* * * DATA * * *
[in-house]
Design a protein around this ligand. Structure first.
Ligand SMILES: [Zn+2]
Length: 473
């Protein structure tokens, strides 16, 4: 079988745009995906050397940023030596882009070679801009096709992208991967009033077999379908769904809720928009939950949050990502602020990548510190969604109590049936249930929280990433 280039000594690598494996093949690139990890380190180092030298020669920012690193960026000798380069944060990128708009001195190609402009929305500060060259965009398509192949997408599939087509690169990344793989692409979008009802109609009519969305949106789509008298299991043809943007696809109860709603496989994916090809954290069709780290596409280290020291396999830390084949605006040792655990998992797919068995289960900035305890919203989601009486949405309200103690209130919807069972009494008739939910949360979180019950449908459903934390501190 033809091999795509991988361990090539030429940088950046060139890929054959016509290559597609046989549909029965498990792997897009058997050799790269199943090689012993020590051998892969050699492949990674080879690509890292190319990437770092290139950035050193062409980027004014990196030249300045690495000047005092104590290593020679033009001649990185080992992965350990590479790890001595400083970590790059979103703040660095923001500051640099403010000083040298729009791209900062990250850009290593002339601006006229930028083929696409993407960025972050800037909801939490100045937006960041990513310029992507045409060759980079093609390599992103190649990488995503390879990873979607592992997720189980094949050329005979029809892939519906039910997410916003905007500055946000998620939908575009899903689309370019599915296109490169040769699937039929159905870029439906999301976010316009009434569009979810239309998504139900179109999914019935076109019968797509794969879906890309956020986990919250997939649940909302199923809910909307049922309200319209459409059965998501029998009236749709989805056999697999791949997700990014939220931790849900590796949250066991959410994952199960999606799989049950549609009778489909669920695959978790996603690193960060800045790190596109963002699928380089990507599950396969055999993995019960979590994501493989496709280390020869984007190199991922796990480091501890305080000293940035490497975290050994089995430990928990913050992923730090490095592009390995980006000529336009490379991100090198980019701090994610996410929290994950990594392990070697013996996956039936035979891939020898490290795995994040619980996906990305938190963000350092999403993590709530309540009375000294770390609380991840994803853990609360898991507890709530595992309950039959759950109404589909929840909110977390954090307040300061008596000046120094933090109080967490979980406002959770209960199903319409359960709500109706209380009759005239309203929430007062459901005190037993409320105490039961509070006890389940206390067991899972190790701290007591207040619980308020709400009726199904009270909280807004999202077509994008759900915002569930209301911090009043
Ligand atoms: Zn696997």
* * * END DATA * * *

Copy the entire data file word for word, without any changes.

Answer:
[in-house]
Design a protein around this ligand. Structure first.
Ligand SMILES: [Zn+2]
Length: 473
């Protein structure tokens, strides 16, 4: 079988745009995906050397940023030596882009070679801009096709992208991967009033077999379908769904809720928009939950949050990502602020990548510190969604109590049936249930929280990433 280039000594690598494996093949690139990890380190180092030298020669920012690193960026000798380069944060990128708009001195190609402009929305500060060259965009398509192949997408599939087509690169990344793989692409979008009802109609009519969305949106789509008298299991043809943007696809109860709603496989994916090809954290069709780290596409280290020291396999830390084949605006040792655990998992797919068995289960900035305890919203989601009486949405309200103690209130919807069972009494008739939910949360979180019950449908459903934390501190 033809091999795509991988361990090539030429940088950046060139890929054959016509290559597609046989549909029965498990792997897009058997050799790269199943090689012993020590051998892969050699492949990674080879690509890292190319990437770092290139950035050193062409980027004014990196030249300045690495000047005092104590290593020679033009001649990185080992992965350990590479790890001595400083970590790059979103703040660095923001500051640099403010000083040298729009791209900062990250850009290593002339601006006229930028083929696409993407960025972050800037909801939490100045937006960041990513310029992507045409060759980079093609390599992103190649990488995503390879990873979607592992997720189980094949050329005979029809892939519906039910997410916003905007500055946000998620939908575009899903689309370019599915296109490169040769699937039929159905870029439906999301976010316009009434569009979810239309998504139900179109999914019935076109019968797509794969879906890309956020986990919250997939649940909302199923809910909307049922309200319209459409059965998501029998009236749709989805056999697999791949997700990014939220931790849900590796949250066991959410994952199960999606799989049950549609009778489909669920695959978790996603690193960060800045790190596109963002699928380089990507599950396969055999993995019960979590994501493989496709280390020869984007190199991922796990480091501890305080000293940035490497975290050994089995430990928990913050992923730090490095592009390995980006000529336009490379991100090198980019701090994610996410929290994950990594392990070697013996996956039936035979891939020898490290795995994040619980996906990305938190963000350092999403993590709530309540009375000294770390609380991840994803853990609360898991507890709530595992309950039959759950109404589909929840909110977390954090307040300061008596000046120094933090109080967490979980406002959770209960199903319409359960709500109706209380009759005239309203929430007062459901005190037993409320105490039961509070006890389940206390067991899972190790701290007591207040619980308020709400009726199904009270909280807004999202077509994008759900915002569930209301911090009043
Ligand atoms: Zn696997």